Department of Geography
Smart grids (SGs) have been widely recognized as an enabling technology for delivering sustainable energy transitions. Such transitions have given rise to more complex government-utility-consumer relationships. However, these stakeholder relationships remain largely under-researched. This paper critically examines and explains the role of incumbent utilities in sustainable energy transitions, using SG developments in China as a case study. We have three major findings. First, China has developed an incumbent-led model for deploying SGs. Second, two incumbents, the major-state-owned grid companies, act as enablers of SG deployment. They are strategic first-movers and infrastructure builders of SGs. They have also developed five types of networks as they increasingly reach out to other state actors, businesses, and electricity consumers. Thirdly, these two grid companies also act as a fundamental block to structural changes in socio-technical regimes. Disincentives to these large existing grid companies coupled with excessive reliance on them to provide public goods have resulted in major weaknesses in China’s incumbent-led model. Our findings have clear policy implications. Innovation in regulating incumbents is needed in order to provide sufficient regulatory incentives for advancing SG developments in China.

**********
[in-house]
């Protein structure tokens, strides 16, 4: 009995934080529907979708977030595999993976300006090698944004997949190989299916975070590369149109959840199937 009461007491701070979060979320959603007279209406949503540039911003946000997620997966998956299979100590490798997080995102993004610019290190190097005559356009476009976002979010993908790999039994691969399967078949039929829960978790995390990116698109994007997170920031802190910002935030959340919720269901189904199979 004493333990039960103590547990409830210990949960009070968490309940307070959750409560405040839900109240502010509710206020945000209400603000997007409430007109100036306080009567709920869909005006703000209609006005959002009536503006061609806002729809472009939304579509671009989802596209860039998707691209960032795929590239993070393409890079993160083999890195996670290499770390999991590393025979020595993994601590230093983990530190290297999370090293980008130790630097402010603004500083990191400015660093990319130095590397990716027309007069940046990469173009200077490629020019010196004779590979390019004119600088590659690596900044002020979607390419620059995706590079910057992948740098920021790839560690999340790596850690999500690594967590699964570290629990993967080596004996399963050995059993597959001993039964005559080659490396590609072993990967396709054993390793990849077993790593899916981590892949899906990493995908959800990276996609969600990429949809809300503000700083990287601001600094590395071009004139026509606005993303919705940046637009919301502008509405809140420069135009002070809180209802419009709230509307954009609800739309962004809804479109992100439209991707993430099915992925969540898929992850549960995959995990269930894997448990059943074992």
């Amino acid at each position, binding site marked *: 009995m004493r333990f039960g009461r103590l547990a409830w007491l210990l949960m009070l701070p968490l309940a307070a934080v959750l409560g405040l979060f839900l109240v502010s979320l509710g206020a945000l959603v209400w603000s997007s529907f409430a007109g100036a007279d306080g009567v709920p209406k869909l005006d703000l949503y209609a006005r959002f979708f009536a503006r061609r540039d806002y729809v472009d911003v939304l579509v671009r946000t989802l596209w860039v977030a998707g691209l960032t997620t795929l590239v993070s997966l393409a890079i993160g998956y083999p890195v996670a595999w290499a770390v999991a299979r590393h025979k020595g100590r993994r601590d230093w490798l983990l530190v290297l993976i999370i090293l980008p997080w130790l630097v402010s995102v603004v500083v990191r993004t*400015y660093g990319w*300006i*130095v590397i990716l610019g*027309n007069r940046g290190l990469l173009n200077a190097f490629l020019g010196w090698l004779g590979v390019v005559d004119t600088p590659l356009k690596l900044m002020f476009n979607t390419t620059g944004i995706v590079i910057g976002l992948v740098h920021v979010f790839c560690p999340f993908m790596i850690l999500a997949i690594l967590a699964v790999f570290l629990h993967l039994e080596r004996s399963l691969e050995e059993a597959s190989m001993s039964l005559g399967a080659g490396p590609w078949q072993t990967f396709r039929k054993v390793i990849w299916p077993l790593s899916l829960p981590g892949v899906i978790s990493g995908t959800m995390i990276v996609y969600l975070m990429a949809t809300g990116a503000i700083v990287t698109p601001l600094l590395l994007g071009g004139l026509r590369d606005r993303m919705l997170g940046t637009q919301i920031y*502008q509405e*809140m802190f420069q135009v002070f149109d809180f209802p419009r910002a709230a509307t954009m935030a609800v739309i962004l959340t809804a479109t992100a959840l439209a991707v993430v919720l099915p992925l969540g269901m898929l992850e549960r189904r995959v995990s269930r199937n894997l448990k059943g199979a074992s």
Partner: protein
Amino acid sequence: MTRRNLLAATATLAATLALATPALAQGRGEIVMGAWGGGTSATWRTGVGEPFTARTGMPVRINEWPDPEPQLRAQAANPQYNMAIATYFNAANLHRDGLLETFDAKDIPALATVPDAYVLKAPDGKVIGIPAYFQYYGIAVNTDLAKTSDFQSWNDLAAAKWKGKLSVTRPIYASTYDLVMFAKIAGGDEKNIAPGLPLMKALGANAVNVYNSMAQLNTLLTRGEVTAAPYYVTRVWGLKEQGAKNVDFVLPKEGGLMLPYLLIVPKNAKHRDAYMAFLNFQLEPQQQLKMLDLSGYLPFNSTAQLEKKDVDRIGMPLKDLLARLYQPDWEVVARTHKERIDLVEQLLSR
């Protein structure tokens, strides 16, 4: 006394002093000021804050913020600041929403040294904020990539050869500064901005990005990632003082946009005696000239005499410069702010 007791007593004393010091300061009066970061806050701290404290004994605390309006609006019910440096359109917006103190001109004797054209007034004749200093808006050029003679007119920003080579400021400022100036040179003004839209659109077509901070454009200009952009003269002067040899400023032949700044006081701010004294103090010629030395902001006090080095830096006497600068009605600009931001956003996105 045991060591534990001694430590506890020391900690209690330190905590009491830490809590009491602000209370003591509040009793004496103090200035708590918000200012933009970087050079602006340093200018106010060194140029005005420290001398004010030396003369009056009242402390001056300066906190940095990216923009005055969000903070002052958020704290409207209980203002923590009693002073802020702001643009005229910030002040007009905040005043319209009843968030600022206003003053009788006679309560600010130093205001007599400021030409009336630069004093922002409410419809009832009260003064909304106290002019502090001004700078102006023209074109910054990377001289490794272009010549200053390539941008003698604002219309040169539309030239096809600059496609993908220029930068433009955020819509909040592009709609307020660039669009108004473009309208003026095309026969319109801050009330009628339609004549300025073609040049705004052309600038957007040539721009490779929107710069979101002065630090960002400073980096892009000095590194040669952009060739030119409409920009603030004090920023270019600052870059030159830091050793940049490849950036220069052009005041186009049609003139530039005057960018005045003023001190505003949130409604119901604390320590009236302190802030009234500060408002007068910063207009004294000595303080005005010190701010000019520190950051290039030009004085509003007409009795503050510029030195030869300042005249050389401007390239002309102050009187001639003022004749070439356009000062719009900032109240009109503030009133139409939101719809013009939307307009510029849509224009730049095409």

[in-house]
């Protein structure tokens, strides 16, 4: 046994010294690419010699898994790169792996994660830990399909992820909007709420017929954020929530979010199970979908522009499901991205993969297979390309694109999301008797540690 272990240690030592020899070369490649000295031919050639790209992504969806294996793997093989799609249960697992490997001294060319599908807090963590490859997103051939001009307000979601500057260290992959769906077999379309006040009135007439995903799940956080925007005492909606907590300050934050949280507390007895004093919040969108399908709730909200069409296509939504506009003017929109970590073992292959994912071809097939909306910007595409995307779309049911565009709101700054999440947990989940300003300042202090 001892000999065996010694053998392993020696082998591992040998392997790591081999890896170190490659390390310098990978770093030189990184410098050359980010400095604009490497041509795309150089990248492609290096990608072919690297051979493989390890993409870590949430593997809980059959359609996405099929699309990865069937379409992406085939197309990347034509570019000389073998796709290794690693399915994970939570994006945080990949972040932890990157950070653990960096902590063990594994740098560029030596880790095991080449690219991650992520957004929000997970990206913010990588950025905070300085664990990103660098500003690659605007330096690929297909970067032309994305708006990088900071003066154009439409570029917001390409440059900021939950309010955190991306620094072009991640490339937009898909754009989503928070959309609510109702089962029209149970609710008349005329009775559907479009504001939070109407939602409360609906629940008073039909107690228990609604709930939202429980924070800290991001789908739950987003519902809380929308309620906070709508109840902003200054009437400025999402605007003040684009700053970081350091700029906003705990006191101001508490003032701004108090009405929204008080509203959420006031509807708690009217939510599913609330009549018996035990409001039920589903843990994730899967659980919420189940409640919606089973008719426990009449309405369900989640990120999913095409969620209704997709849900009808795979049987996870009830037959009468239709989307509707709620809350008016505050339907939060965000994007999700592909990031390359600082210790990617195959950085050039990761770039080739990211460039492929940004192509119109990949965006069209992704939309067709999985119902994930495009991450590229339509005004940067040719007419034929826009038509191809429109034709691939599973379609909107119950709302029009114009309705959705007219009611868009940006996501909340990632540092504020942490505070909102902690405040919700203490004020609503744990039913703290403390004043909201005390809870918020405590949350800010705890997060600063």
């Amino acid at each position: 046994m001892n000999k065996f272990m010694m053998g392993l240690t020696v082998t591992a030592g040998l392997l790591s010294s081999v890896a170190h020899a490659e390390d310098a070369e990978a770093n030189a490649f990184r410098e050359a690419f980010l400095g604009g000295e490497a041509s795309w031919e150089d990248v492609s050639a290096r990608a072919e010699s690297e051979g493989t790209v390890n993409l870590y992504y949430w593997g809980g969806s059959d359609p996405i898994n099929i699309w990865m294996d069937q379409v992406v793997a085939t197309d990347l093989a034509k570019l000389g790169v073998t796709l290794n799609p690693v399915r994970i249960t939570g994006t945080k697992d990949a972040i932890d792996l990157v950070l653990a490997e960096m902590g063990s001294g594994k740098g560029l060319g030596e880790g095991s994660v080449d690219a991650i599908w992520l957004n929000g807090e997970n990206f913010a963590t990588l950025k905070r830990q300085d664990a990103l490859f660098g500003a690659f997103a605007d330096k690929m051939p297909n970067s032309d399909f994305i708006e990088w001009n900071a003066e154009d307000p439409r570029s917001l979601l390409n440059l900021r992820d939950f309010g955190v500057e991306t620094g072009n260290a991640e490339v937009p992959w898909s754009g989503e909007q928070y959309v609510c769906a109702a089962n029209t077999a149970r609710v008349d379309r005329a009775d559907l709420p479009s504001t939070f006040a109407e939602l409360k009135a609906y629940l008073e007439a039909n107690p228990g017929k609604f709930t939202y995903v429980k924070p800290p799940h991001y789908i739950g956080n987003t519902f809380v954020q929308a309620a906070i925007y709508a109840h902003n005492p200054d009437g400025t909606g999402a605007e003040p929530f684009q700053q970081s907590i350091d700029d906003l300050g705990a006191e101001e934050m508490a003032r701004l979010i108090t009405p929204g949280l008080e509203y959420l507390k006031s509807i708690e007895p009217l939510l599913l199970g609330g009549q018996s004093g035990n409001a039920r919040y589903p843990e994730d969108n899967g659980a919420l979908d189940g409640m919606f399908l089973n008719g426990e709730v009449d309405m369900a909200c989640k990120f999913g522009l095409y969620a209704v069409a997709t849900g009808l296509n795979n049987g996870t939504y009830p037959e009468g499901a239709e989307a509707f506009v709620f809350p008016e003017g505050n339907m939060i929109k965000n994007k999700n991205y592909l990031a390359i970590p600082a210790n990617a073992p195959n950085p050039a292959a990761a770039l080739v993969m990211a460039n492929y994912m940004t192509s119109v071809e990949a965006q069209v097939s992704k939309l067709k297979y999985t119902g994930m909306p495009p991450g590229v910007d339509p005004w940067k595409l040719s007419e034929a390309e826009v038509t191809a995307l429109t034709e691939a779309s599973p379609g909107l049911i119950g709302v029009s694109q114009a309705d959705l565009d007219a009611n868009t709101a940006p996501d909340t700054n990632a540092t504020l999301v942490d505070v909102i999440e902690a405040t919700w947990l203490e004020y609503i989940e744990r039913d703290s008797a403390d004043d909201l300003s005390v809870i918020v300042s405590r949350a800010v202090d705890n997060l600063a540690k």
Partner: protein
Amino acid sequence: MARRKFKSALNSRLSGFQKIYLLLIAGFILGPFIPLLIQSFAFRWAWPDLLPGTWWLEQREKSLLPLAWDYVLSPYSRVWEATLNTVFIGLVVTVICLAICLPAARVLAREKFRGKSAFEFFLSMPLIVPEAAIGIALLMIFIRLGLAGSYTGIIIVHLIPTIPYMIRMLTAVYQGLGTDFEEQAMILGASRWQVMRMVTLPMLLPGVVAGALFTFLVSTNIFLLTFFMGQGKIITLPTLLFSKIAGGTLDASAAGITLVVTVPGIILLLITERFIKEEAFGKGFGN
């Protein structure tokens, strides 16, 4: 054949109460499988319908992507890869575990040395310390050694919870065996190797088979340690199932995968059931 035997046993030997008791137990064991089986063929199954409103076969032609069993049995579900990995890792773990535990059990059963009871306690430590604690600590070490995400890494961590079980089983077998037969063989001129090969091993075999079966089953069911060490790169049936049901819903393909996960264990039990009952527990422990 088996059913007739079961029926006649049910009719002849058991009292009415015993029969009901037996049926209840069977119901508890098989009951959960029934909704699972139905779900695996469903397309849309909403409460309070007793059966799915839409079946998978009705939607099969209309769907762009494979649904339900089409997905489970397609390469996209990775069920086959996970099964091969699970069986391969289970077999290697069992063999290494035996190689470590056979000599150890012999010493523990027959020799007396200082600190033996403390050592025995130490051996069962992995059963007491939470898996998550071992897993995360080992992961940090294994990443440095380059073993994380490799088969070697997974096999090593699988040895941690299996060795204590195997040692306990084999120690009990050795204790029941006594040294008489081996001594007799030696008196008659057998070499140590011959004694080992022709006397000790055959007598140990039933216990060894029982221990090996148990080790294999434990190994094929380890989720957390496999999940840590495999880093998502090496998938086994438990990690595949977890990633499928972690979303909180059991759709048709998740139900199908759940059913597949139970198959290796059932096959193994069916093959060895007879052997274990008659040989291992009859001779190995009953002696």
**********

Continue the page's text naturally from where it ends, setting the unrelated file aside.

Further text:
Smart grids, Incumbent utilities, Governance, Socio-technical transitions, Distributed energy sources, China
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Ngar-yin Mah, D., Wu, Y., & Hills, P. R. (2017). Explaining the role of incumbent utilities in sustainable energy transitions: A case study of the smart grid development in China. Energy Policy, 109, 794-806. https://doi.org/10.1016/j.enpol.2017.06.059